Insurer's decision linked to tax and regulatory advantages
Hiscox is abandoning London in favour of Bermuda to take advantage of a more favourable tax and regulatory regime.
The Lloyd's insurer will re-domicile to Bermuda by the end of the year, subject to a number of regulatory approvals.
Robert Hiscox, chairman, said that following the establishment of Hiscox Bermuda in 2005 and the completion of detailed work, the board had concluded that there were "significant advantages" in moving the group's domicile to Bermuda.
Hiscox will become the second Lloyd's insurer to leave London in favour of Bermuda after Catlin in 2002.
At the time the chief executive Stephen Catlin said a Bermuda domicile provided the company with additional flexibility, including tax and other financial benefits.
Some industry experts have suggested that Hiscox' decision to move to Bermuda, where corporation tax is 0% compared to 30% in the UK, could lead others to follow.
But, Andrew Green, tax partner at financial adviser Mazars, said: "When it comes to competitiveness, the tax regime is only one consideration. Regulatory requirements, infrastructure and human resource are also very important."
Marketing campaign drives direct growth up 75%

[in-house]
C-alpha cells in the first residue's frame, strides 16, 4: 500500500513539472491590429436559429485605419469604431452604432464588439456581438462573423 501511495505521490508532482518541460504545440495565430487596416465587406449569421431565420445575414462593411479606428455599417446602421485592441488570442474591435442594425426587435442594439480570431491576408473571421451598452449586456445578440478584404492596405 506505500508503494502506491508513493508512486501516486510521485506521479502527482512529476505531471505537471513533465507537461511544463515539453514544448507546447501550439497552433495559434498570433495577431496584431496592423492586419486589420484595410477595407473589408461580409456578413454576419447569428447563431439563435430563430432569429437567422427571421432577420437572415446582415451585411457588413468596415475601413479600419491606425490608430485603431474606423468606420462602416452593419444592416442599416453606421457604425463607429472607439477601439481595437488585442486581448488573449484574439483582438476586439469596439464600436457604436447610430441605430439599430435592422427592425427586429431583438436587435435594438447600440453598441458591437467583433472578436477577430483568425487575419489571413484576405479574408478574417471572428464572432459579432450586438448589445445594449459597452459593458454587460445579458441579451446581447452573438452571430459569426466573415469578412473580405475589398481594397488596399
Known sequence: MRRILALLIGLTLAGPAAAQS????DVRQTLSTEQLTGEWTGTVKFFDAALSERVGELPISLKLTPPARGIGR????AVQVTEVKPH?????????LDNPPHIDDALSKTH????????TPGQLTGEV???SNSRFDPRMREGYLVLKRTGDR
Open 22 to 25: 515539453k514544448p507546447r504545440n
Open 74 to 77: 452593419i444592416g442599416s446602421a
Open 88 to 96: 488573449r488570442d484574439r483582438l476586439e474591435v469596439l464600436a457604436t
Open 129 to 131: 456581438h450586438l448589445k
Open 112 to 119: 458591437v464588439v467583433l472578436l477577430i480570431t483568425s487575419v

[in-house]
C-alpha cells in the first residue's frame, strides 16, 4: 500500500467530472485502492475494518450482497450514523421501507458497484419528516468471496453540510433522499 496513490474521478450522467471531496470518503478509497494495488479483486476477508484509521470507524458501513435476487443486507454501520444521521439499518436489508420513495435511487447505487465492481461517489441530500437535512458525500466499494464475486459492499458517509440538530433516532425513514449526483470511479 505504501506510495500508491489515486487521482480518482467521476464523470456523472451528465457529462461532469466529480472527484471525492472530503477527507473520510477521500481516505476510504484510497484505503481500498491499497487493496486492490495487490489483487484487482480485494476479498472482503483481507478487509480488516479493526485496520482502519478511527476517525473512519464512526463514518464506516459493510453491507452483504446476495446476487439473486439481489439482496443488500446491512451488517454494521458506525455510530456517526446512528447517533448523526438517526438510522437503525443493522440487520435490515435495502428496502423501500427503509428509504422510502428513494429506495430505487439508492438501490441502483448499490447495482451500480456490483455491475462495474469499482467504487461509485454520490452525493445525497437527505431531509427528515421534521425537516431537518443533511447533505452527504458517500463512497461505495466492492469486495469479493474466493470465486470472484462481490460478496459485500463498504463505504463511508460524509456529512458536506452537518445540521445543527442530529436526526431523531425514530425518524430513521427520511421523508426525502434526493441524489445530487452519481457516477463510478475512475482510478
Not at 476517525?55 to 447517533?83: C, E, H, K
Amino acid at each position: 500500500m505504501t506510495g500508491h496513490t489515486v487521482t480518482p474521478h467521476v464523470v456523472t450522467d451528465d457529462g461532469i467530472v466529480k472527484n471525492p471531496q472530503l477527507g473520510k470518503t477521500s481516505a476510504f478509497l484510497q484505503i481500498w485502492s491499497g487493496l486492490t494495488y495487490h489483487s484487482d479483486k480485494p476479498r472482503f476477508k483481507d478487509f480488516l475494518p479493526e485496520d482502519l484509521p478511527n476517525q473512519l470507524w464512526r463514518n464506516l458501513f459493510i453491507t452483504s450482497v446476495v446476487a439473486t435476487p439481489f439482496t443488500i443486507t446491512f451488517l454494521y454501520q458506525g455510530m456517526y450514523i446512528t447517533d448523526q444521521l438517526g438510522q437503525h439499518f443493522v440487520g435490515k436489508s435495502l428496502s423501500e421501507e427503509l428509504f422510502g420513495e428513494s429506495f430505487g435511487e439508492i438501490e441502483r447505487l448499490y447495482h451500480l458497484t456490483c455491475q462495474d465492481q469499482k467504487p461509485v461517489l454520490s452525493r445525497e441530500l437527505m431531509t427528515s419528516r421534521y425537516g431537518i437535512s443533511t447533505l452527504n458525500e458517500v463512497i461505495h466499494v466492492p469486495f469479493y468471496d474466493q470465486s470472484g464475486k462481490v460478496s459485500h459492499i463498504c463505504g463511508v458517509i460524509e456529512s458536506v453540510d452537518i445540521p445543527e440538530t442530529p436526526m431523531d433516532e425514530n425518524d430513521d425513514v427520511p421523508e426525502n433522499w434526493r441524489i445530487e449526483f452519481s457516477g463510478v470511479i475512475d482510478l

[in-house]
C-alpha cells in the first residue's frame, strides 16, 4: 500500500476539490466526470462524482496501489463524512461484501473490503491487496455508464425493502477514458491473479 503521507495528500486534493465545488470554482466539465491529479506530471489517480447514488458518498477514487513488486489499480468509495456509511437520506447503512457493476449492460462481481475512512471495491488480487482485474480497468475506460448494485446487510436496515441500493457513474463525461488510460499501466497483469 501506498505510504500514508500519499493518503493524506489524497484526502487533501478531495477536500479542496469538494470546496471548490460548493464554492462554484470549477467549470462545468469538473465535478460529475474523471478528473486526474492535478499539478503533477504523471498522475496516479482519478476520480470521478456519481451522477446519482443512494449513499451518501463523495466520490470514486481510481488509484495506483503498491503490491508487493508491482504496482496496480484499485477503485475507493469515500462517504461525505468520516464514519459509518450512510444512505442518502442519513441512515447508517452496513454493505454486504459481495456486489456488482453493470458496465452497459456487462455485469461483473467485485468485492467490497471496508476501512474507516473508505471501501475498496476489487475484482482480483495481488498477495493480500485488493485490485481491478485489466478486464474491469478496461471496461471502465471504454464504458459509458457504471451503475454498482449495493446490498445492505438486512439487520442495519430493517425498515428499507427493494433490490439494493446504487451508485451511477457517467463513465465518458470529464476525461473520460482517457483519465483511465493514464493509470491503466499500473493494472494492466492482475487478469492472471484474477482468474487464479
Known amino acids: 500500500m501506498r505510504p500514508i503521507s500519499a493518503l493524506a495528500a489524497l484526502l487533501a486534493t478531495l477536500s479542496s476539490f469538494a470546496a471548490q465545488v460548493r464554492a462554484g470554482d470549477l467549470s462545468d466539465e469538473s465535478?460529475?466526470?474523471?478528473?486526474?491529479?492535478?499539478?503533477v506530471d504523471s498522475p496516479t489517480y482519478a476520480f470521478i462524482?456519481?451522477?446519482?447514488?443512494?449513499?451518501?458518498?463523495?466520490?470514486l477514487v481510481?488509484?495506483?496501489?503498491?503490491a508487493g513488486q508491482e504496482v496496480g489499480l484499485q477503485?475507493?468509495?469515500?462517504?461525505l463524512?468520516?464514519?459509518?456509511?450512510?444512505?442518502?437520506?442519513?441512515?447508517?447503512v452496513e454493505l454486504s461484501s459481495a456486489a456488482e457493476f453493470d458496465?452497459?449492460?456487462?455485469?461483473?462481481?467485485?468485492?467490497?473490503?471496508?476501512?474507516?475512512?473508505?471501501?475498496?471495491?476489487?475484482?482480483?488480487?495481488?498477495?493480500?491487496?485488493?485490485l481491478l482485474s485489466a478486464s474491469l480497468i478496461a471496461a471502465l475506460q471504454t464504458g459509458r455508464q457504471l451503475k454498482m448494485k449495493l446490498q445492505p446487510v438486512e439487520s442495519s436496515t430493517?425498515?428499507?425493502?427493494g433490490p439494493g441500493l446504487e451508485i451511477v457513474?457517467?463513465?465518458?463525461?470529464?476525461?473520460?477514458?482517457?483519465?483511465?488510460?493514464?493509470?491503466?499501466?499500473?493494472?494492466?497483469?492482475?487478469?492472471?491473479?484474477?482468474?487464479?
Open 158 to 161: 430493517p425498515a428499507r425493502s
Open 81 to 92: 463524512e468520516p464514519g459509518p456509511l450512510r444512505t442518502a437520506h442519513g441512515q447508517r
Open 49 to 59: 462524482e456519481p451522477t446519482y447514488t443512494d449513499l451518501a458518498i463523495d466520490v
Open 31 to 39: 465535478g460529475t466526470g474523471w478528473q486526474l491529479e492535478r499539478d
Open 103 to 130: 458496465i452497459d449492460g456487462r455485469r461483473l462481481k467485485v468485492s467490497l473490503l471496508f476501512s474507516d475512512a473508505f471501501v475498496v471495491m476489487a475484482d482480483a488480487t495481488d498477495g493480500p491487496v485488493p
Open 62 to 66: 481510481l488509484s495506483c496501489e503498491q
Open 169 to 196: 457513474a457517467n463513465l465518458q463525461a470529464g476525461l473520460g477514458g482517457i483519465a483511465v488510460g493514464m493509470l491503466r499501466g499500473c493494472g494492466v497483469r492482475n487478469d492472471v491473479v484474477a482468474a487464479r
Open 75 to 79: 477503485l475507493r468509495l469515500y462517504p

Hiscox UK's direct operations have grown by 75% in the first half of 2006 on the back of the insurer's £10m marketing campaign, the company said.
The insurer said that demand had surged following the last run of adverts, settling at 50% above pre-campaign levels.
Chairman Robert Hiscox said: "Brokers also reported a greater ease of selling our policies so, combined with the strengthening of the Hiscox brand, the early stages of this campaign have proved a great success.
"Our direct activities complement our broker account."
Hiscox UK's combined ratio deteriorated to 95.2% from 90.2% due to some large specie losses and the advertising spend.
Premium income was up 8.8% to £112.2m.
Overall, Hiscox announced a fall in profit for the first six months of 2006, due to the impact of a weak dollar. Profit before tax fell to £61.3m compared to £88.1m in the same period last year.